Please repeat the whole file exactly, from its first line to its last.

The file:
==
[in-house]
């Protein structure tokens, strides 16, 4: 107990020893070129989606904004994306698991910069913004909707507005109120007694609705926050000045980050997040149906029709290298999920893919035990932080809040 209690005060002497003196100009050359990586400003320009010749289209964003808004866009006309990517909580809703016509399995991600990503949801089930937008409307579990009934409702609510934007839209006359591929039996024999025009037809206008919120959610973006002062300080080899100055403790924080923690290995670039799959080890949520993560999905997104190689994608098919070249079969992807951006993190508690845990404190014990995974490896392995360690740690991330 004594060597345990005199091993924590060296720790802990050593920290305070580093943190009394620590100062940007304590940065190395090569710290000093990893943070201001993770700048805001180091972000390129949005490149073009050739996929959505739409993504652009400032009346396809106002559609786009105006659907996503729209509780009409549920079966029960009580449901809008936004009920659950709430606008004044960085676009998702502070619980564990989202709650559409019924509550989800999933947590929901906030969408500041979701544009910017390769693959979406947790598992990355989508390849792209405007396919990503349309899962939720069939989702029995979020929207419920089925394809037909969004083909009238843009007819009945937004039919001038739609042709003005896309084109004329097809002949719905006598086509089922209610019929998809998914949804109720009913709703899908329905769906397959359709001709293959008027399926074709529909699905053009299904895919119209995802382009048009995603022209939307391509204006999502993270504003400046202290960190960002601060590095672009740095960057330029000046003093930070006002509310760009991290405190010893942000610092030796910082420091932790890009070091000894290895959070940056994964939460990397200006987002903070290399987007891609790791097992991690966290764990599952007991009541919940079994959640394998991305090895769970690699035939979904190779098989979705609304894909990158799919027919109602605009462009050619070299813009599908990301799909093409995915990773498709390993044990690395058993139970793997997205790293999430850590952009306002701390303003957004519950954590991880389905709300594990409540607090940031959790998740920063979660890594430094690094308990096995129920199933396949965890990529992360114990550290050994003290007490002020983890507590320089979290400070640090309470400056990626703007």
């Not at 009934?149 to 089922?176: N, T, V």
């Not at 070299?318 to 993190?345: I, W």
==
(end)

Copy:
[in-house]
């Protein structure tokens, strides 16, 4: 107990020893070129989606904004994306698991910069913004909707507005109120007694609705926050000045980050997040149906029709290298999920893919035990932080809040 209690005060002497003196100009050359990586400003320009010749289209964003808004866009006309990517909580809703016509399995991600990503949801089930937008409307579990009934409702609510934007839209006359591929039996024999025009037809206008919120959610973006002062300080080899100055403790924080923690290995670039799959080890949520993560999905997104190689994608098919070249079969992807951006993190508690845990404190014990995974490896392995360690740690991330 004594060597345990005199091993924590060296720790802990050593920290305070580093943190009394620590100062940007304590940065190395090569710290000093990893943070201001993770700048805001180091972000390129949005490149073009050739996929959505739409993504652009400032009346396809106002559609786009105006659907996503729209509780009409549920079966029960009580449901809008936004009920659950709430606008004044960085676009998702502070619980564990989202709650559409019924509550989800999933947590929901906030969408500041979701544009910017390769693959979406947790598992990355989508390849792209405007396919990503349309899962939720069939989702029995979020929207419920089925394809037909969004083909009238843009007819009945937004039919001038739609042709003005896309084109004329097809002949719905006598086509089922209610019929998809998914949804109720009913709703899908329905769906397959359709001709293959008027399926074709529909699905053009299904895919119209995802382009048009995603022209939307391509204006999502993270504003400046202290960190960002601060590095672009740095960057330029000046003093930070006002509310760009991290405190010893942000610092030796910082420091932790890009070091000894290895959070940056994964939460990397200006987002903070290399987007891609790791097992991690966290764990599952007991009541919940079994959640394998991305090895769970690699035939979904190779098989979705609304894909990158799919027919109602605009462009050619070299813009599908990301799909093409995915990773498709390993044990690395058993139970793997997205790293999430850590952009306002701390303003957004519950954590991880389905709300594990409540607090940031959790998740920063979660890594430094690094308990096995129920199933396949965890990529992360114990550290050994003290007490002020983890507590320089979290400070640090309470400056990626703007």
């Not at 009934?149 to 089922?176: N, T, V």
């Not at 070299?318 to 993190?345: I, W």